ALFONSO v. MAGGIES PARATRANSIT CORP.

16-CV-0363 (PKC)(LB).

203 F.Supp.3d 244 (2016)

Alan ALFONSO, on behalf of himself and all others similarly situated, Plaintiff, v. MAGGIES PARATRANSIT CORP., Defendant.

United States District Court, E.D. New York.


Attorney(s) appearing for the Case

Orin R. Kurtz , Gardy & Notis, LLP, New York, NY, for Plaintiff.

Jeffery D. Pollack , Adam Daniel Friedland , Mintz & Gold, LLP, New York, NY, for Defendant.


ORDER GRANTING MOTION TO COMPEL ARBITRATION

PAMELA K. CHEN, United States District Judge:

Between February 2015 and April 2016, Plaintiff Alan Alfonso was employed as a driver for Defendant Maggies Paratransit Corporation, a business engaged in the transportation of disabled individuals. Plaintiff brings this putative collective and class action under the Fair Labor Standards Act ("FLSA") and the New York Labor Law ("NYLL") against Defendant for failure to pay for all hours worked and overtime to Plaintiff and all similarly situated employees.

Defendant contends that Plaintiff's claims are subject to mandatory arbitration pursuant to an underlying collective bargaining agreement between Defendant and Plaintiff's union representative, and moves to compel arbitration on that basis. (Dkts. 18, 19.) In opposing Defendant's motion, Plaintiff argues that the arbitration provision in question constitutes an impermissible waiver of his federally protected rights, and is thus unenforceable. (Dkt. 22 ("Opp'n").) Based on the parties' submissions and for the reasons set forth below, the Court GRANTS Defendant's motion to compel arbitration and STAYS this action pending arbitration.1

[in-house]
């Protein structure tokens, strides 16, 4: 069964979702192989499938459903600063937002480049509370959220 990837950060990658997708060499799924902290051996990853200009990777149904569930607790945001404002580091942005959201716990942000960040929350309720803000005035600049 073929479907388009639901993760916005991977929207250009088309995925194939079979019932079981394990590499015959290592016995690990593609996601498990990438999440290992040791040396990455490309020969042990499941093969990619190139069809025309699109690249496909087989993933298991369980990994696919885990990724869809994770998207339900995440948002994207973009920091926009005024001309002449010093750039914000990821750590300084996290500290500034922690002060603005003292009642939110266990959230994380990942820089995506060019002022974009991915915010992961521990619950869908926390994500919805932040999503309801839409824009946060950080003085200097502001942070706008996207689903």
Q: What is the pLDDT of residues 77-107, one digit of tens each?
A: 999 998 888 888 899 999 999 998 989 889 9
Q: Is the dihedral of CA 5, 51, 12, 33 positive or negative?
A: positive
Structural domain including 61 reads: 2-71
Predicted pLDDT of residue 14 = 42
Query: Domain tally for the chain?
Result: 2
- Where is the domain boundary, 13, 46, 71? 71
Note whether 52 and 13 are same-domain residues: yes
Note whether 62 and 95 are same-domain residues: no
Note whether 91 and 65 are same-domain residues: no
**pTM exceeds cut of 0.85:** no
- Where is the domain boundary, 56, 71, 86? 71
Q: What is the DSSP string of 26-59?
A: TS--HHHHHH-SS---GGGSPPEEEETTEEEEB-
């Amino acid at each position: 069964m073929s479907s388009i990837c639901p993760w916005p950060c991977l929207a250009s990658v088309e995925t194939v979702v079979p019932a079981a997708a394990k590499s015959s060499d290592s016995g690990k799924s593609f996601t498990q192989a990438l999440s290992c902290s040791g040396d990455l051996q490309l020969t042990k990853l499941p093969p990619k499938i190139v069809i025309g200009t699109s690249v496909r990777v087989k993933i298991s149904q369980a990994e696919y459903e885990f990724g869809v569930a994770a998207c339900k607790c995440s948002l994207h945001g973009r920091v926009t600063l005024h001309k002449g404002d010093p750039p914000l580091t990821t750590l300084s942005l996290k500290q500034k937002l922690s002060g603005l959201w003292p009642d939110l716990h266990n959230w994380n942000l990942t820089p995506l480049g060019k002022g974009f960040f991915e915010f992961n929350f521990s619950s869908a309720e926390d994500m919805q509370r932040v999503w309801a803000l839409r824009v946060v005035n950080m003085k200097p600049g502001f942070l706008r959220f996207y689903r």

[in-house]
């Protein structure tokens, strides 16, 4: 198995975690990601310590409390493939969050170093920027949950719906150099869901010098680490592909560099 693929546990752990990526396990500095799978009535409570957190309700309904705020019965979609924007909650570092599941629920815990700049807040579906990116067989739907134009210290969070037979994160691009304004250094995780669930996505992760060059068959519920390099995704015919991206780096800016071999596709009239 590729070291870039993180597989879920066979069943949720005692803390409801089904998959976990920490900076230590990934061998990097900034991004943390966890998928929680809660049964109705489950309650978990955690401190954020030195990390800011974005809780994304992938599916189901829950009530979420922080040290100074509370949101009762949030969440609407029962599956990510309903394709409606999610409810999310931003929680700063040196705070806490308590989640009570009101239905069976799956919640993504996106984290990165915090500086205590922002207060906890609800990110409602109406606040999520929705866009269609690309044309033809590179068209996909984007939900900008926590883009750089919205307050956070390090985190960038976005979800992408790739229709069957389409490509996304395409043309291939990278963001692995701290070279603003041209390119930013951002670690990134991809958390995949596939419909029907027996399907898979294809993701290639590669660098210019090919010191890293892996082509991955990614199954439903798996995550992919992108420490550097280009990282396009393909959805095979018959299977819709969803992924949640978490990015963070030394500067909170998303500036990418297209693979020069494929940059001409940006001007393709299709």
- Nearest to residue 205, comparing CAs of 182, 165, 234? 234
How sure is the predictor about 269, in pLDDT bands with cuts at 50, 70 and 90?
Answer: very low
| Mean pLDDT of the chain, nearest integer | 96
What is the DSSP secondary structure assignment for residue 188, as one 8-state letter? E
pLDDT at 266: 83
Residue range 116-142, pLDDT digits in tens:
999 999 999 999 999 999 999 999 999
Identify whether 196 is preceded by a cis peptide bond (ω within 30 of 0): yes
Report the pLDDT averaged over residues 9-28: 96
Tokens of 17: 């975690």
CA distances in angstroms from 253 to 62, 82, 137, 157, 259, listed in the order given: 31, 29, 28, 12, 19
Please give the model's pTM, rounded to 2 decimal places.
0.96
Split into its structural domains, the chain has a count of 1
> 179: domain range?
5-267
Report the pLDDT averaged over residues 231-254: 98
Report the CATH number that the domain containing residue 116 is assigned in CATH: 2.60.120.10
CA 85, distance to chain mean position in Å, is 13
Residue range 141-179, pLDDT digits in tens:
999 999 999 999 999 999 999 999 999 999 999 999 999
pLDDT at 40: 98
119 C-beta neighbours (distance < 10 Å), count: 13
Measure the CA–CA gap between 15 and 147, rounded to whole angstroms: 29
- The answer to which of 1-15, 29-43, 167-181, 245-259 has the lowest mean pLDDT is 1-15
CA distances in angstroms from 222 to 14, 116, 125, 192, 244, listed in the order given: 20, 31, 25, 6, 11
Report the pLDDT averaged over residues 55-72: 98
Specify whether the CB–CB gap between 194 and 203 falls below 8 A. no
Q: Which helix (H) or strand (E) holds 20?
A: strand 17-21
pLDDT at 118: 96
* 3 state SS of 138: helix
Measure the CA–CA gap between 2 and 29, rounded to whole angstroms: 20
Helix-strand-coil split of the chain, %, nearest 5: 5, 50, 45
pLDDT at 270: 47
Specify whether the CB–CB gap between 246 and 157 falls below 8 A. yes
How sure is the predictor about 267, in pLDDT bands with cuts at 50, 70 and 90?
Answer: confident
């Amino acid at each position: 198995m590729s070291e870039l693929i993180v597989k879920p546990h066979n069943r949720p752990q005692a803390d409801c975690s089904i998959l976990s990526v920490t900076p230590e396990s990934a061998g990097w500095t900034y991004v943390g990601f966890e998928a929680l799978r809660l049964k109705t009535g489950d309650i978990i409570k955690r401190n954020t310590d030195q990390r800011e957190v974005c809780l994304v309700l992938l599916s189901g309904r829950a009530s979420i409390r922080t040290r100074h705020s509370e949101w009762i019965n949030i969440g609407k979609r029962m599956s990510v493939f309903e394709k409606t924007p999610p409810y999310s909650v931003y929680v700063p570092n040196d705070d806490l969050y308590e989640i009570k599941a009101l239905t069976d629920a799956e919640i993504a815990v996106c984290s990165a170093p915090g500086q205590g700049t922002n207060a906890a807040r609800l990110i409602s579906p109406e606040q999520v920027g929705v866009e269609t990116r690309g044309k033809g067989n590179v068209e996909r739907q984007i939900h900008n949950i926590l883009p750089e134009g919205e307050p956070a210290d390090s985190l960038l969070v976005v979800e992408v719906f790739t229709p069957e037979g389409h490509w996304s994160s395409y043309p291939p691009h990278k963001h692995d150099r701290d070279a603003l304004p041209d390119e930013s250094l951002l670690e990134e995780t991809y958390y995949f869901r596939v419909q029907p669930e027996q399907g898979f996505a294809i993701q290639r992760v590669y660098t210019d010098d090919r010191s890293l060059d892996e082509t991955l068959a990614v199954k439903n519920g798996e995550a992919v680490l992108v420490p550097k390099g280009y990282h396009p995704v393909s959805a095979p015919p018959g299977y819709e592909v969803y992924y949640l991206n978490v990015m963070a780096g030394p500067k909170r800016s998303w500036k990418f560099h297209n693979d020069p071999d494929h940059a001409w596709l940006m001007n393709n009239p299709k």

DISCUSSION

I. LEGAL STANDARD

The Federal Arbitration Act ("FAA"), 9 U.S.C. § 1 et seq., which the parties agree governs the instant motion, "creates a body of federal substantive law of arbitrability applicable to arbitration agreements ... affecting interstate commerce." Ragone v. Atl. Video at Manhattan Ctr., 595 F.3d 115, 121 (2d Cir.2010). The FAA was enacted to reverse "centuries of judicial hostility to arbitration agreements" and "to place arbitration agreements upon the same footing as other contracts." Scherk v. Alberto-Culver Co., 417 U.S. 506, 511, 94 S.Ct. 2449, 41 L.Ed.2d 270 (1974) (internal quotation marks and citations omitted). Reflecting this policy, Section 2 of the FAA provides that an arbitration agreement "shall be valid, irrevocable, and enforceable, save upon such grounds as exist at law or in equity for the revocation of any contract." 9 U.S.C. § 2. And Section 4 requires courts to compel arbitration "in accordance with the terms of the agreement" upon the motion of either party to the agreement, provided that there is no issue regarding its formation or validity.2 See AT & T Mobility LLC v. Concepcion, 563 U.S. 333, 344, 131 S.Ct. 1740, 179 L.Ed.2d 742 (2011) (citing 9 U.S.C. § 4).